Francis Ford Coppola won’t be the only filmmaking legend in attendance at next week’s 2011 Comic-Con festival in San Diego. Steven Spielberg will be present as well, promoting his and producer Peter Jackson’s new globe-trotting adventure pic, The Adventures of Tintin (a.k.a. The Adventures of Tintin: The Secret of the Unicorn).

This will mark Spielberg’s first live appearance at Comic-Con, where the director responsible for establishing the modern summer blockbuster template will receive the Inkpot Award, a prestigious honor granted to significant artists who specialize in either comic book or genre entertainment (past recipients include individuals like Jack Kirby, Ray Bradbury, and Hayao Miyazaki).

Adventures of Tintin presents an interesting situation, seeing how the original Tintin comic strip is quite famous overseas and among comic aficionados, but is less of an established property in the U.S. So although the film is based on very popular source material (and features several famous names working behind the scenes), it is arguably not the surefire hit that Spielberg’s last film, Indiana Jones and the Kingdom of the Crystal Skull, was.

Perhaps the biggest obstacle in Adventure of Tintin‘s path to success right now is Spielberg’s decision to use motion-capture technology to bring original Tintin creator Hergé’s characters to life. The use of said tech to realize human characters still has somewhat of a stigma, due to the generally poorly-received results of previous mo-cap pics directed or produced by Robert Zemeckis (The Polar Express, Mars Needs Moms, etc.).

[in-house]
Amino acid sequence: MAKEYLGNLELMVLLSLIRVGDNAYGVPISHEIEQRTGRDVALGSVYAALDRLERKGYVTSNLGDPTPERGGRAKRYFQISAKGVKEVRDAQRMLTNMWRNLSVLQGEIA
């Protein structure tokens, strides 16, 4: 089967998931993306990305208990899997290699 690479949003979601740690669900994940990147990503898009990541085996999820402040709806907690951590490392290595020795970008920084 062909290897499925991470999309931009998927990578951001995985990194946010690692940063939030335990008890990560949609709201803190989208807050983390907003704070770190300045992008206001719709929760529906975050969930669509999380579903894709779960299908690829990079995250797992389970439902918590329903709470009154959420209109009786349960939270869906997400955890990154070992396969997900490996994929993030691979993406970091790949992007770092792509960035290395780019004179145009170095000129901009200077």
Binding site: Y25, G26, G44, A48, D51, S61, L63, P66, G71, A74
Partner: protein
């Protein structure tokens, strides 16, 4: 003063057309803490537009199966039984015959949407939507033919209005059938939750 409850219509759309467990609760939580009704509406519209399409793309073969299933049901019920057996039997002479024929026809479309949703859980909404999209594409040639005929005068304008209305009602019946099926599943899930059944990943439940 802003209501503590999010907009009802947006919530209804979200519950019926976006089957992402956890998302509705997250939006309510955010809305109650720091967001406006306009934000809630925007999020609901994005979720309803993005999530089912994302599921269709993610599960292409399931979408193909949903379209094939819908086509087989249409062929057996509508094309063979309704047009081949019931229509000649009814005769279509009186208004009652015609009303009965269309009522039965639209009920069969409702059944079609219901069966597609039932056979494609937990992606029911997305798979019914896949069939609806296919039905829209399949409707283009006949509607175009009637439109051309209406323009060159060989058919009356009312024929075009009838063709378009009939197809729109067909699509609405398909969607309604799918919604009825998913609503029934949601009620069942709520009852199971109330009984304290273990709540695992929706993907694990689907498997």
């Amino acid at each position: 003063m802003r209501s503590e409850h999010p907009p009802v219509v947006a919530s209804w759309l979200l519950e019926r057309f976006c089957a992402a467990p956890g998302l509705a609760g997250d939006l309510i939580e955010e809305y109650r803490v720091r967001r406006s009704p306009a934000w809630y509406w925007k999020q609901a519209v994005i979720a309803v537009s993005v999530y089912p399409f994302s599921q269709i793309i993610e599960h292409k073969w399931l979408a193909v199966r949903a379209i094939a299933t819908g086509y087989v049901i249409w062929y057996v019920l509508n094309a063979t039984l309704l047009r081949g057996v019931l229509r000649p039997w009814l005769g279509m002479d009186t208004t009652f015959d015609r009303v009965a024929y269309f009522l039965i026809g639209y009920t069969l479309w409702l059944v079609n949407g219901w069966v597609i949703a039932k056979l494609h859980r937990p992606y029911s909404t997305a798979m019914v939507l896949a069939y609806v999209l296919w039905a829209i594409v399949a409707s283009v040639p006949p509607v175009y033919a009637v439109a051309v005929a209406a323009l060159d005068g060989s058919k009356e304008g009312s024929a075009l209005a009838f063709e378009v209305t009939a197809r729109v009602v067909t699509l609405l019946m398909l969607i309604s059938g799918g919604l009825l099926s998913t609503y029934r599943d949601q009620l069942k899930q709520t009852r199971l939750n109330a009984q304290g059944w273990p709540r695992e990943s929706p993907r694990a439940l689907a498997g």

Jackson and Spielberg have plans (or, rather, hope) to eventually produce a trilogy of Tintin movies, which makes it all the more important for the first film to be a hit in theaters. Hence why Spielberg is biting the bullet and popping up at Comic-Con, to help win over those who do not yet worship the shrine of the hand-drawn, intrepid journalist.

While the international Tintin trailer painted the film as potentially being another thrilling blockbuster adventure from Spielberg, the mo-cap animation was (for some people) kind of a distraction. On the other hand, as was pointed out by a number of Screen Rant readers, the exaggerated movements and action of the film’s characters gave the Adventures of Tintin footage more of a fittingly cartoonish look. Spielberg has even spoken on that point before, admitting the idea behind his use of the mo-cap tech was to “keep everything looking like [Tintin creator] Hergé’s artwork, but make it photo-real.”

However, as was the case with Zemeckis’ mo-cap movies, the characters in Adventures of Tintin still seem a bit stiff and uncomfortable, with regards to their facial mannerisms and expressions. While the films boasts a great cast (which includes Jamie Bell, Daniel Craig, Simon Pegg, Nick Frost, and Toby Jones), all of said actors will have their true faces hidden beneath a layer of CGI, so to speak. Considering how facially expressive people like Pegg and Frost in particular are, it’s only more of a disappointment that the Tintin mo-cap looks to hinder, rather than enhance, that quality.

Of course, part of the idea behind Spielberg being at Comic-Con is to talk up the use of mo-cap in Tintin and dismiss suggestions that it’ll put a damper on what otherwise looks like a fun and exciting tale from the director. So Con attendees should definitely aim to go and listen to what he’s got to say.

Hero Complex‘s Geoff Bucher will be the moderator for the Tintin panel at the 2011 Comic-Con. The event will be held in Hall H of the San Diego Convention Center at 11 a.m. on July 22nd.

Be sure to bookmark our Official Comic-Con Coverage Page for a report on the event.

The Adventures of Tintin will arrive in 2D and 3D theaters around the U.S. on December 23rd, 2011.